Commentary

Well, it’s been about a month since the last argument about the value of blog comments among the sites I read. I said my piece in favor of comments (for me—I don’t care what other people do) in a comment (’cause I’m so clever and meta) at Macdrifter. I haven’t changed my mind, and I don’t intend to make any new arguments, but I felt I had to bring the topic up again because of two comments that appeared here on ANIAT today.

The first was from Nathan Grigg, who runs a smart blog on computer/Mac/technical topics that people who visit here would probably enjoy. Nathan’s comment is an example of why I have comments here. He provided an improvement to an AppleScript of mine, and in the process taught me a method for extracting substrings I’d never seen before. Because most of the people who come here are like Nathan, I tend to get good comments that improve the site.

The counterexample was this comment from someone who’s apparently never run across anyone referring to a country as “she” or “her.” Rather than spending a minute or so to look for examples (see Berlin, Irving by way of Smith, Kate), he decided to spend that minute writing a comment he thought was devastatingly clever, but which only displayed his ignorance to rest of the internet.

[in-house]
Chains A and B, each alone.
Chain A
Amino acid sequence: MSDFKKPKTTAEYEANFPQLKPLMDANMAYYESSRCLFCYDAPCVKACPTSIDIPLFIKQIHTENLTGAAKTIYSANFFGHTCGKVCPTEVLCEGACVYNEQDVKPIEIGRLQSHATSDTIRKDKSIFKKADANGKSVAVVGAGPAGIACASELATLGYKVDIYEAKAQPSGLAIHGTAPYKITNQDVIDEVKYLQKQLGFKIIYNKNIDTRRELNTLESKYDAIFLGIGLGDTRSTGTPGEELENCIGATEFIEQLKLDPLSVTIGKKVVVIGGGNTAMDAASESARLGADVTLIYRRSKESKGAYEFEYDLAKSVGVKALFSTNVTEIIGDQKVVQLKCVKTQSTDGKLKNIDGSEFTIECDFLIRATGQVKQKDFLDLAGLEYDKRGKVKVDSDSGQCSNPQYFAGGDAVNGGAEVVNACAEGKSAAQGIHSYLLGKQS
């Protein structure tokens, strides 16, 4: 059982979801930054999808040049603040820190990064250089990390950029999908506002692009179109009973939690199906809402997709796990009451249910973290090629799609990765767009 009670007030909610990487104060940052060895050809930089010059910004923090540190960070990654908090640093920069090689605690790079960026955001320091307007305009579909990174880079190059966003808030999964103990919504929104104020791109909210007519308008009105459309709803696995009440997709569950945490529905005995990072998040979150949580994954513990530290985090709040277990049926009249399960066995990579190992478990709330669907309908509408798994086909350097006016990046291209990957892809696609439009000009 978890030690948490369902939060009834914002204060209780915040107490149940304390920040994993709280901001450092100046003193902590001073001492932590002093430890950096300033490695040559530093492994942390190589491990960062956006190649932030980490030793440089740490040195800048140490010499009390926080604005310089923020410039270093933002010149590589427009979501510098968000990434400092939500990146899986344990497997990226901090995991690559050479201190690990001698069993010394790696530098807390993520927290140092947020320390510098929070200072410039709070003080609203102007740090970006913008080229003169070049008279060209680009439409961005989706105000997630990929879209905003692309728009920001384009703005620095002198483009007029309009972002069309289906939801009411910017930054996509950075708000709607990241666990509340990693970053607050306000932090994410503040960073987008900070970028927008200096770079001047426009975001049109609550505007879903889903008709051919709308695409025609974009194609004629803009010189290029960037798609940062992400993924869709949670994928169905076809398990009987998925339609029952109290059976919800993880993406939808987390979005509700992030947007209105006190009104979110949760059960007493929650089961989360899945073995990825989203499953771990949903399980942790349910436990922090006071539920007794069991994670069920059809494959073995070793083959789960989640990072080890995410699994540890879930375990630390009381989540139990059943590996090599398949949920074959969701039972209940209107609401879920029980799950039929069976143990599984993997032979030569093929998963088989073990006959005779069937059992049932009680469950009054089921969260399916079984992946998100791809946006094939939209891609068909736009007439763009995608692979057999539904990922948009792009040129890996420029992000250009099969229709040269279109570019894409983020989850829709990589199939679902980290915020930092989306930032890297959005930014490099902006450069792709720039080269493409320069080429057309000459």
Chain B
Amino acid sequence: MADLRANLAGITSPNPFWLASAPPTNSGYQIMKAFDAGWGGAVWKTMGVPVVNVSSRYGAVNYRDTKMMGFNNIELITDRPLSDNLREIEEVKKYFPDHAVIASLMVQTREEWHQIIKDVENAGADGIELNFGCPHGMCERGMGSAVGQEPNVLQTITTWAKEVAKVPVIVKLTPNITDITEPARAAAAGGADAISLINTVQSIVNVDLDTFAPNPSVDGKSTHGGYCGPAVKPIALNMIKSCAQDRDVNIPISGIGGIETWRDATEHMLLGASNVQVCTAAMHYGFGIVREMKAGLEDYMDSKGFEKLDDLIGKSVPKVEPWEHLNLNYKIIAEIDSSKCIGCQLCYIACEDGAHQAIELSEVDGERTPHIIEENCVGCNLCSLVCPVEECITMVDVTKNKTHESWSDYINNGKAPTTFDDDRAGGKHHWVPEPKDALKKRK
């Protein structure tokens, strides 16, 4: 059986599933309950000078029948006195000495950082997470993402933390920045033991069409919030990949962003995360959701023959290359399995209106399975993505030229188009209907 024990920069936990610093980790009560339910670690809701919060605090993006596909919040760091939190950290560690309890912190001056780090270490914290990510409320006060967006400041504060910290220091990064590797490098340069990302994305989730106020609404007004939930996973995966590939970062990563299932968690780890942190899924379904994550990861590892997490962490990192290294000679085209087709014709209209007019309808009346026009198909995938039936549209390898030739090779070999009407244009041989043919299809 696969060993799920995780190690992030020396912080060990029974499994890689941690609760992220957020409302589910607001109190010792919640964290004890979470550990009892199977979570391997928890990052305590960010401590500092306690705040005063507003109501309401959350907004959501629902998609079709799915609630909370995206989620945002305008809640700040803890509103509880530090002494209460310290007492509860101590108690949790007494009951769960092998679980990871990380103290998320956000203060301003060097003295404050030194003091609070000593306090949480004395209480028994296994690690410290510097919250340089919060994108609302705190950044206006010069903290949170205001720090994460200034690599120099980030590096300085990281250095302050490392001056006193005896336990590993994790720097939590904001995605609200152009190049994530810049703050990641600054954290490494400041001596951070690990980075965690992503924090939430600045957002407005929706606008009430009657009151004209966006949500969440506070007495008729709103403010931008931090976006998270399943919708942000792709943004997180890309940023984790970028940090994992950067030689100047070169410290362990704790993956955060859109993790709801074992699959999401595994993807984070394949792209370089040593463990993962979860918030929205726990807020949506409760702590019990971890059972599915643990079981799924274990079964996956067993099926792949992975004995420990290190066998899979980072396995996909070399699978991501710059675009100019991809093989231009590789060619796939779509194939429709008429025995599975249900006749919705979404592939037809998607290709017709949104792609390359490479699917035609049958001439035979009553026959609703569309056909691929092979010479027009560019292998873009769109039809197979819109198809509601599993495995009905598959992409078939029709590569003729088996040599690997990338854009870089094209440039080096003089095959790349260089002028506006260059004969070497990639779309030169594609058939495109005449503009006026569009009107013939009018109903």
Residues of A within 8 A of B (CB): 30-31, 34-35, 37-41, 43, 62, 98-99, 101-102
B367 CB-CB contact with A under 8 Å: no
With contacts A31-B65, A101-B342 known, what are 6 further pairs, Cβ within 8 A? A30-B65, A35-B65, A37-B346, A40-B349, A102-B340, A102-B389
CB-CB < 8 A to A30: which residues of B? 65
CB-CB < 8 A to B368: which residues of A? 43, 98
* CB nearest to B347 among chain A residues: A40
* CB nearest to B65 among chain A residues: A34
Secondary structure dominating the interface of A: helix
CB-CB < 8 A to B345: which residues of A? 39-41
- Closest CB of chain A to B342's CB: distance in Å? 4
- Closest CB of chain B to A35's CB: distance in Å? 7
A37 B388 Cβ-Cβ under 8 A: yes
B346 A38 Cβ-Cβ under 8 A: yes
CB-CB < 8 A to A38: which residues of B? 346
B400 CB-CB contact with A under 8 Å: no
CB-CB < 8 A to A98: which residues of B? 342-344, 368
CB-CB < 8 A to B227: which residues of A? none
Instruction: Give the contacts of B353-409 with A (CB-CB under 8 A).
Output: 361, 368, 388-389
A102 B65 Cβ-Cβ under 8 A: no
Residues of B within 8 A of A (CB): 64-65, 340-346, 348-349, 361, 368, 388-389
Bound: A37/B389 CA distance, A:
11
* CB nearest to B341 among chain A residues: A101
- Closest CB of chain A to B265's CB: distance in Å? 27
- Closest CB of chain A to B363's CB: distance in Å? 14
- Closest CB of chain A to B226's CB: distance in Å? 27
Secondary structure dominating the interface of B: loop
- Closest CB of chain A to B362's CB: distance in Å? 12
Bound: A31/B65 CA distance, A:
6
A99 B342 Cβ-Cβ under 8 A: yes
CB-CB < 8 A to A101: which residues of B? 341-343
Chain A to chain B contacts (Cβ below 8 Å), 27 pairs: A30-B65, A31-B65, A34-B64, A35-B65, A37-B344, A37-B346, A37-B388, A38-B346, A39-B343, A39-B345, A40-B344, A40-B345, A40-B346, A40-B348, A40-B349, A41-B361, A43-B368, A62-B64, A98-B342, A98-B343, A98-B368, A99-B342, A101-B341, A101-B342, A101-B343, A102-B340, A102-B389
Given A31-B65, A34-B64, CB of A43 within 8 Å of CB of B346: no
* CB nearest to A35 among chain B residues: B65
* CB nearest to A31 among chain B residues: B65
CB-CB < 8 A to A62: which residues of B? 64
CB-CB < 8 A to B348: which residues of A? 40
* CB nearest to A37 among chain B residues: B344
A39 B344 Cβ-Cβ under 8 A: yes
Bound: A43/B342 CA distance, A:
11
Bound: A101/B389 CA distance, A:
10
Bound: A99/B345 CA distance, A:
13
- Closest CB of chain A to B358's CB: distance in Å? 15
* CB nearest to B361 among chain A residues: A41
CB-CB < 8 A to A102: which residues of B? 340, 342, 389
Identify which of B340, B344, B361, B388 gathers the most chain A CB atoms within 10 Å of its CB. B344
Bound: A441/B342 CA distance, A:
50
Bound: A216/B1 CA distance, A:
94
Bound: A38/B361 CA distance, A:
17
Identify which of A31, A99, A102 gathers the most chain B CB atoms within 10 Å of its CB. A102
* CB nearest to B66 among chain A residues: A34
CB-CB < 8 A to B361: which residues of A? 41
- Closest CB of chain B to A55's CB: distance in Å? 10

These two comments are perfect examples for each side of the argument. One is like a thoughtful hostess gift brought to a party; the other is like a turd dropped in the middle of the living room.


5 Responses to “Commentary”

  1. Jimbo says:

    In modern English, calling objects “she” is an optional figure of speech, and is advised against by The Chicago Manual of Style

    From wikipeida

    It’s not that I had not seen it before, its that I believe that calling objects ‘she’ in 2012 sounds stupid.

  2. Andrew says:

    If you can write a post on Afghanistan and the worst comment you get is Jimbo’s uncomprehending “Huh?”, then your commenters are truly the most civil people on the internet. (I excuse myself from this praise.)

  3. Dr. Drang says:

    I’m delighted, Jimbo, to see you using reference materials on the internet. If you dig a little deeper, you’ll probably learn that most people don’t use “Huh?” to mean “I strongly disagree with your use of a traditional figure of speech that I’m thoroughly familiar with but which is advised against by the current edition of The Chicago Manual of Style.”

  4. Dr. Drang says:

    Andrew, you’re absolutely right, but you shouldn’t exclude yourself. As a Canadian, you are, I believe, genetically civil.

  5. Andrew says:

    But as a Canadian (with a British parent) it would be most unseemly for me to praise myself.